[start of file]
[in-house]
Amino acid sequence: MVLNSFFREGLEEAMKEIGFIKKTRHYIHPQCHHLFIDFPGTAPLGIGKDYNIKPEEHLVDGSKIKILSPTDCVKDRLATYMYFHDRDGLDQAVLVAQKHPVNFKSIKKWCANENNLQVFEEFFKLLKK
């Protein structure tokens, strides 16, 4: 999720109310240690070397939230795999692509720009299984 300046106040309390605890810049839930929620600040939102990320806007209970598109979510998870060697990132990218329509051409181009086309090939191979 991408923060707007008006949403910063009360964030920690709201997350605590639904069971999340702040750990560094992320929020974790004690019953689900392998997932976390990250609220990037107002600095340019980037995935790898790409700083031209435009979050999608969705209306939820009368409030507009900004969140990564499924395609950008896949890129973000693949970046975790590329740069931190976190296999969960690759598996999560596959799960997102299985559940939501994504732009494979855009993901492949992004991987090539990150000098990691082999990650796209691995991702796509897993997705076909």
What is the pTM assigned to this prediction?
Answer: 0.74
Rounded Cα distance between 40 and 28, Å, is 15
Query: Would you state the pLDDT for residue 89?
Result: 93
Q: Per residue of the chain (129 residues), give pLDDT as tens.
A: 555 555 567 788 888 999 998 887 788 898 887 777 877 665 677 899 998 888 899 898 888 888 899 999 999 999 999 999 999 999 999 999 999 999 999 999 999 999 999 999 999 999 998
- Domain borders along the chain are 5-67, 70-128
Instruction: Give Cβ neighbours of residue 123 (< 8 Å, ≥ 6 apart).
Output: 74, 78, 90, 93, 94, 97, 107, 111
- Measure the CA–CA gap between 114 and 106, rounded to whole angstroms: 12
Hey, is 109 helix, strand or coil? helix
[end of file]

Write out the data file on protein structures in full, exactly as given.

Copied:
[in-house]
Amino acid sequence: MVLNSFFREGLEEAMKEIGFIKKTRHYIHPQCHHLFIDFPGTAPLGIGKDYNIKPEEHLVDGSKIKILSPTDCVKDRLATYMYFHDRDGLDQAVLVAQKHPVNFKSIKKWCANENNLQVFEEFFKLLKK
């Protein structure tokens, strides 16, 4: 999720109310240690070397939230795999692509720009299984 300046106040309390605890810049839930929620600040939102990320806007209970598109979510998870060697990132990218329509051409181009086309090939191979 991408923060707007008006949403910063009360964030920690709201997350605590639904069971999340702040750990560094992320929020974790004690019953689900392998997932976390990250609220990037107002600095340019980037995935790898790409700083031209435009979050999608969705209306939820009368409030507009900004969140990564499924395609950008896949890129973000693949970046975790590329740069931190976190296999969960690759598996999560596959799960997102299985559940939501994504732009494979855009993901492949992004991987090539990150000098990691082999990650796209691995991702796509897993997705076909």
What is the pTM assigned to this prediction?
Answer: 0.74
Rounded Cα distance between 40 and 28, Å, is 15
Query: Would you state the pLDDT for residue 89?
Result: 93
Q: Per residue of the chain (129 residues), give pLDDT as tens.
A: 555 555 567 788 888 999 998 887 788 898 887 777 877 665 677 899 998 888 899 898 888 888 899 999 999 999 999 999 999 999 999 999 999 999 999 999 999 999 999 999 999 999 998
- Domain borders along the chain are 5-67, 70-128
Instruction: Give Cβ neighbours of residue 123 (< 8 Å, ≥ 6 apart).
Output: 74, 78, 90, 93, 94, 97, 107, 111
- Measure the CA–CA gap between 114 and 106, rounded to whole angstroms: 12
Hey, is 109 helix, strand or coil? helix